Do we Need Hundreds of Classifiers to Solve Real World Classification Problems? by Manuel Fernández-Delgado, Eva Cernadas, Senén Barro, and Dinani Amorim. (Journal of Machine Learning Research 15 (2014) 3133-3181)
We evaluate 179 classifiers arising from 17 families (discriminant analysis, Bayesian, neural networks, support vector machines, decision trees, rule-based classifiers, boosting, bagging, stacking, random forests and other ensembles, generalized linear models, nearest-neighbors, partial least squares and principal component regression, logistic and multinomial regression, multiple adaptive regression splines and other methods), implemented in Weka, R (with and without the caret package), C and Matlab, including all the relevant classifiers available today. We use 121 data sets, which represent the whole UCI data base (excluding the large-scale problems) and other own real problems, in order to achieve significant conclusions about the classifier behavior, not dependent on the data set collection. The classifiers most likely to be the bests are the random forest (RF) versions, the best of which (implemented in R and accessed via caret) achieves 94.1% of the maximum accuracy overcoming 90% in the 84.3% of the data sets. However, the difference is not statistically significant with the second best, the SVM with Gaussian kernel implemented in C using LibSVM, which achieves 92.3% of the maximum accuracy. A few models are clearly better than the remaining ones: random forest, SVM with Gaussian and polynomial kernels, extreme learning machine with Gaussian kernel, C5.0 and avNNet (a committee of multi-layer perceptrons implemented in R with the caret package). The random forest is clearly the best family of classifiers (3 out of 5 bests classifiers are RF), followed by SVM (4 classifiers in the top-10), neural networks and boosting ensembles (5 and 3 members in the top-20, respectively).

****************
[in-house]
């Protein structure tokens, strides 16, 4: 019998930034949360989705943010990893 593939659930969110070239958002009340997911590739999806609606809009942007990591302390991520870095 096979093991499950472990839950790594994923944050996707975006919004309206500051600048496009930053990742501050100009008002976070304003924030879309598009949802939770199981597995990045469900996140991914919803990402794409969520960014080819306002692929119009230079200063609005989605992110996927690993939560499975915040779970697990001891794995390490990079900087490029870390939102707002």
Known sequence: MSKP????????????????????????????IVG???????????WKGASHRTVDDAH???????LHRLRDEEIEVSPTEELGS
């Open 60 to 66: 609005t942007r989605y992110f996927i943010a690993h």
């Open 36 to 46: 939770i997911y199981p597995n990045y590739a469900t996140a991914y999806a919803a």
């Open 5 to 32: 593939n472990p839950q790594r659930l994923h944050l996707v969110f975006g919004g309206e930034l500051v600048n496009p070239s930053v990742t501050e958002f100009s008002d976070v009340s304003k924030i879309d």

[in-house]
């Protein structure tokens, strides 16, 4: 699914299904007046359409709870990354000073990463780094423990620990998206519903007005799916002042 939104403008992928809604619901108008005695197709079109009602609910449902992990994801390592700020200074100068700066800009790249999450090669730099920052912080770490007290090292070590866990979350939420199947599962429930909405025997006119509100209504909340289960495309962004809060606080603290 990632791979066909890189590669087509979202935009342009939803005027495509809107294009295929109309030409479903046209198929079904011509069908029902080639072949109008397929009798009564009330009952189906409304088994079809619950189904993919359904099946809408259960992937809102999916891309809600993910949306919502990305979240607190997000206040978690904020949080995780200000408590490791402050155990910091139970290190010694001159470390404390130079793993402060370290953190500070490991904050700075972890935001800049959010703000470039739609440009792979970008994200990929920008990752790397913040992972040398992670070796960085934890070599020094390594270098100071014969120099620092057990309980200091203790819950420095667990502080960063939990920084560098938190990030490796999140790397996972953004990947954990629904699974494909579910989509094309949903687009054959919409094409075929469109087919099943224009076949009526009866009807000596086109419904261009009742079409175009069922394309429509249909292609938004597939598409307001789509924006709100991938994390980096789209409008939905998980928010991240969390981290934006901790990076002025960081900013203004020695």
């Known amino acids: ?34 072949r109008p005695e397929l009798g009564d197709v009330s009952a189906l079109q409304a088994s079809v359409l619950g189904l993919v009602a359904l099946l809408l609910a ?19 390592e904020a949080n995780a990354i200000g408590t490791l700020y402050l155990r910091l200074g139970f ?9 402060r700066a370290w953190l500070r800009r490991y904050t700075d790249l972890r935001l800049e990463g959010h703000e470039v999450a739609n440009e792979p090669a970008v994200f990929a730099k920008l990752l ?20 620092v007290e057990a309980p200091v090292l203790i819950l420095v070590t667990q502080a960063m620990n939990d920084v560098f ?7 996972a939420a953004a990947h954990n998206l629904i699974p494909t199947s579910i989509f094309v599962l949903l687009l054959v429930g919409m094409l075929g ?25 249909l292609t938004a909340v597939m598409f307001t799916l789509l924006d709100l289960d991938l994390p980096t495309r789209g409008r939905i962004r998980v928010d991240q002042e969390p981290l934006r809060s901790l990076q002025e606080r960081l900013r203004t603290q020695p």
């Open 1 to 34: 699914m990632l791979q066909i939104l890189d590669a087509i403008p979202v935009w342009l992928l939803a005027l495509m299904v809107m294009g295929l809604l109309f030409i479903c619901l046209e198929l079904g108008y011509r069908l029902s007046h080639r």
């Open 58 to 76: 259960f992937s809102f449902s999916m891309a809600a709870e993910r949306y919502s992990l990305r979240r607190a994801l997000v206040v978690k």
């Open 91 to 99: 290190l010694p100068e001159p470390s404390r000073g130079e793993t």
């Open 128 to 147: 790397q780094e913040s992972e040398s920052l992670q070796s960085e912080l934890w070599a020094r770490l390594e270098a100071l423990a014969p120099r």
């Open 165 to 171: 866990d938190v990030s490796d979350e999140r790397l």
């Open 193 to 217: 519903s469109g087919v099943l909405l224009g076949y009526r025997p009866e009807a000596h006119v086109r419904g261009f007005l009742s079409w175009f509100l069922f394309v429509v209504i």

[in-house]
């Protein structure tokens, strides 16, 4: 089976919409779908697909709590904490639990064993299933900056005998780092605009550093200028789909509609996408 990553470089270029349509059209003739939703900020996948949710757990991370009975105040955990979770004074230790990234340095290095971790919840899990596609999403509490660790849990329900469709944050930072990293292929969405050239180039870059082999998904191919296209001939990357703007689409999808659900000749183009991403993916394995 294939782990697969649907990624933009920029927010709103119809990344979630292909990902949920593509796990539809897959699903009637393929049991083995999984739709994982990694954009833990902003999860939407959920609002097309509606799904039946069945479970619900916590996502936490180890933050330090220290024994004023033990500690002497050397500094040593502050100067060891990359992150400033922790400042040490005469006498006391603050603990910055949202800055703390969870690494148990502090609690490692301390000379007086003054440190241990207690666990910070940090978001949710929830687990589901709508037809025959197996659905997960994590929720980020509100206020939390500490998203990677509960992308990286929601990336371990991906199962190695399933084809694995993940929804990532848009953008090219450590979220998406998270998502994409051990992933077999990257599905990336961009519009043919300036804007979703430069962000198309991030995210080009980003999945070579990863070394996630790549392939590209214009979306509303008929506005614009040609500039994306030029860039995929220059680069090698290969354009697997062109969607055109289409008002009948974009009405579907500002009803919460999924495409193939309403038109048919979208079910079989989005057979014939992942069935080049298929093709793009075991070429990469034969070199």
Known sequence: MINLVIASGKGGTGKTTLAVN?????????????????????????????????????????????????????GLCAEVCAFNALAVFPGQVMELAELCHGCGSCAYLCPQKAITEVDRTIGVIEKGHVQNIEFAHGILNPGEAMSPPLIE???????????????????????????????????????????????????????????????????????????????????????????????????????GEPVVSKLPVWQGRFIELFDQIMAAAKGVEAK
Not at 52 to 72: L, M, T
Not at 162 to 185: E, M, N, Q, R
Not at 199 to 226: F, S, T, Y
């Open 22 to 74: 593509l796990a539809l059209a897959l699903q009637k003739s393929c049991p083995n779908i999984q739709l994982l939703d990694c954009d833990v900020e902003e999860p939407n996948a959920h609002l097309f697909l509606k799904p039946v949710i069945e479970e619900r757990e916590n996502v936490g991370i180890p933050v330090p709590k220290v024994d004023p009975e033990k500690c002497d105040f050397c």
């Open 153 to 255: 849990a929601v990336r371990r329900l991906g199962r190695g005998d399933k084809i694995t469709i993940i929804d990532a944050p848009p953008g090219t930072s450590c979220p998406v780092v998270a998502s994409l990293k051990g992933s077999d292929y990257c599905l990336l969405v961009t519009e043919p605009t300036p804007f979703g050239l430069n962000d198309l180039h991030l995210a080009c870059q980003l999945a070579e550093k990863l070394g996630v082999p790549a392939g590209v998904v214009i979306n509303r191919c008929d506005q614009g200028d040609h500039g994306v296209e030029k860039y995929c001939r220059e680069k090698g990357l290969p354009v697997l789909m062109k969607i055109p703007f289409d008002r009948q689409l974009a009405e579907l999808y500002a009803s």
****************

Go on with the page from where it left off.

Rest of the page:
Keywords: classification, UCI data base, random forest, support vector machine, neural networks, decision trees, ensembles, rule-based classifiers, discriminant analysis, Bayesian classifiers, generalized linear models, partial least squares and principal component regression, multiple adaptive regression splines, nearest-neighbors, logistic and multinomial regression
Deeply impressive work but I can hear in the distance the girding of loins and sharpening of tools of scholarly disagreement. 😉
If you are looking for a very comprehensive reference of current classifiers, this is the paper for you.
For the practicing data scientist I think the lesson is to learn a small number of the better classifiers and to not fret overmuch about the lesser ones. If a major breakthrough in classification techniques does happen, it will be in the major tools with great fanfare.
I first saw this in a tweet by Jason Baldridge.